How does our military assign people to recruiting duty? To what level of personnel is this sensitive responsibility assigned? Perhaps we should be looking for answers.
Stretched thin in Iraq and Afghanistan, the Army reportedly redoubled efforts to gain re-enlistments among discharged officers. The campaign included a December mailing to more than 5,100 ex-officers. And if reports are accurate, the returns have exposed some incredible oversights in military management - blunders that can only have rekindled the grieving in many households.
The Pentagon's mailing list is said to have included the names of some 75 deceased officers, mainly casualties in Iraq and Afghanistan, plus roughly 200 others who are recovering from war wounds.
There was this statement from an office responsible for the blunder: "Army personnel officials are contacting those officers' families now to apologize for erroneously sending the letters."
Well, we should hope so. But may there be a point at which such high-level mismanagement defies forgiveness? As a continuing saga of ineptitude, the current administration exceeds any in memory. As its failures pile up, we return again and again to the same explanation - the disregard, with few exceptions, that George W. Bush and his leadership team have shown for simple competence in staffing. Assignments too often have been based on a job applicant's ideological convictions, rather than a record of performance.
Examples come readily to mind. A recent choice to direct "population affairs" in Health and Human Services, the offbeat obstetrician Dr. Eric Keroack spurns the family planning goals he is assigned to pursue. There's the Army lieutenant general, William Boykin, whose challenge to the Muslim world, "Our God is greater than your god," didn't stand in the way of his appointment as deputy director of defense for (of all things) intelligence. Numerous lesser officials have been found wanting by inspectors general in a string of departments and agencies.
From among dozens of books that have taken the Bush administration to task, one has proved especially revealing of the manner in which its various levels were staffed. This is "Imperial Life in the Emerald City," by The Washington Post's former bureau chief in Baghdad, Rajiv Chandrasekaran. It compares the American-occupied "Green Zone" of the Iraqi capital to Dorothy's fictional stopover in "The Wizard of Oz."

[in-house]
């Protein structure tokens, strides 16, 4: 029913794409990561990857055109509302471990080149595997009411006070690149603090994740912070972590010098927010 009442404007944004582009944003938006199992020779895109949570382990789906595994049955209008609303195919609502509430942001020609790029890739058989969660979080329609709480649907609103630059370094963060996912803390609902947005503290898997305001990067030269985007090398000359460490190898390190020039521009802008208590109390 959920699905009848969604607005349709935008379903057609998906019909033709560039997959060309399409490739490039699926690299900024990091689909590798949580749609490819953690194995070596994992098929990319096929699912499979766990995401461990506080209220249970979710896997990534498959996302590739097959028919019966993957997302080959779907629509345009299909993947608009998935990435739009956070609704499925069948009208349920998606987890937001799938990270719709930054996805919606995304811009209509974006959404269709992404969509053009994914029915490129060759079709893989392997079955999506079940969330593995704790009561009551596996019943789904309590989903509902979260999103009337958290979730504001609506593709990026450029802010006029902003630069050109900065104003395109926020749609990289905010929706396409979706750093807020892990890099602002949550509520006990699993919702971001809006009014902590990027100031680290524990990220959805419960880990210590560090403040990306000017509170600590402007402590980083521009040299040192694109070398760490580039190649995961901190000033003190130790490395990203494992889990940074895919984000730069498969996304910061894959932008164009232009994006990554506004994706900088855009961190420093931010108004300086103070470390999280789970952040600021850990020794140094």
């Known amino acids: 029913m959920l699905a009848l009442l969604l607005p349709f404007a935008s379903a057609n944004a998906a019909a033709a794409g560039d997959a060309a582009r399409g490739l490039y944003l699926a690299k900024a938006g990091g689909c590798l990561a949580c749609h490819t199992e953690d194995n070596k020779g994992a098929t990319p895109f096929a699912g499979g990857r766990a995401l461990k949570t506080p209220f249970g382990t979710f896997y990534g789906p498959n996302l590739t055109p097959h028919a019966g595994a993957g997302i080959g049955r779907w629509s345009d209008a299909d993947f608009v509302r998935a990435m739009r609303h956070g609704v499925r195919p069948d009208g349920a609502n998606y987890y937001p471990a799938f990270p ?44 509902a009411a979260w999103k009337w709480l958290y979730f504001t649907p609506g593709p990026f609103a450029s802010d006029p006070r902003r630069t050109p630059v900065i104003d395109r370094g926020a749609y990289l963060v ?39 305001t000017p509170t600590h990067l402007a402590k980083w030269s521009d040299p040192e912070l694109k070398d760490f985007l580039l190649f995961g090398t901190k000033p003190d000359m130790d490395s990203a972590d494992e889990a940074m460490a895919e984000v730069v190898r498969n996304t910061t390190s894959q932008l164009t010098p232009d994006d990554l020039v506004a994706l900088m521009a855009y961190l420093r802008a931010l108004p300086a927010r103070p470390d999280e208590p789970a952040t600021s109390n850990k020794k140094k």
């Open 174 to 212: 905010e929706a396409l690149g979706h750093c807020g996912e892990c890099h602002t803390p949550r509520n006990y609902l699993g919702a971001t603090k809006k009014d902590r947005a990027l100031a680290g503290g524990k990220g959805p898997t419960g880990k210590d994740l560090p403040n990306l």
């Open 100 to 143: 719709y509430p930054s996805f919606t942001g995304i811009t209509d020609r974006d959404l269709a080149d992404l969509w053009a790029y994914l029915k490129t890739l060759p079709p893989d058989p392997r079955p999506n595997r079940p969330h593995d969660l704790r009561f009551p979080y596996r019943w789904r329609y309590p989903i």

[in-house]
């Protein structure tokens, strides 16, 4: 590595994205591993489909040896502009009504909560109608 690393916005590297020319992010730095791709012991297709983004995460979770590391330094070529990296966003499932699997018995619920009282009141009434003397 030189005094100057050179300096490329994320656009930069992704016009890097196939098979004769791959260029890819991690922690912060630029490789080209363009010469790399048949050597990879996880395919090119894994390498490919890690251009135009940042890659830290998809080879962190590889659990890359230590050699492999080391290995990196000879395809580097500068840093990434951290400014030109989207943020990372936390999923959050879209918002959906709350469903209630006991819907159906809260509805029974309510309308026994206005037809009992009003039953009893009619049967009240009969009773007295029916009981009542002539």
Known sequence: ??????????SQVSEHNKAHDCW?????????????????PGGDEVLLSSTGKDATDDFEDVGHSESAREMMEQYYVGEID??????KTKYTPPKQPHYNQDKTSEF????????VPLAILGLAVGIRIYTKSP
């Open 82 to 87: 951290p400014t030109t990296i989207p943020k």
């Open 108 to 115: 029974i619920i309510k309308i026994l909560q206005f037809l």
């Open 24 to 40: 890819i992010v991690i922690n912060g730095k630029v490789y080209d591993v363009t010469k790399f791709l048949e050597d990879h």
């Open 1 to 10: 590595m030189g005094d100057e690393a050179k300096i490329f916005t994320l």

To manage matters in a country the United States insists it intends to occupy no longer than needed, the White House established what would become its most mammoth of all embassies. January marked at least one major first for blacks. For the first time in history, not one but two blacks - the Chicago Bears' Lovie Smith and the Indianapolis Colts' Tony Dungy - led their teams to football's premier contest - the Super Bowl.
And another black man - Illinois Sen. Barack Obama - took the first step toward throwing his hat in the ring in the ultimate political contest - the battle for the nation's highest office.
He's hardly the first black to vie for the presidency - he stands upon the broad shoulders of the Rev. Jesse Jackson, Shirley Chisholm, the Rev. Al Sharpton, Carol Moseley Braun and others. Not since Jackson in 1988 has a black been considered a serious contender for the Oval Office. But, unlike his predecessors, Obama probably stands the best chance of becoming the first black to win his party's presidential nomination in 2008 or beyond.
In a recent Zogby poll, the Illinois Democrat led the field in New Hampshire, a historic testing ground for presidential candidates, with 23 percent of voters favoring him compared to 19 percent for Sen. Hillary Rodham Clinton and John Edwards. Up until 1992, the candidate who won the primary usually made his way to the White House even though Bill Clinton and George W. Bush have defied that trend in recent elections.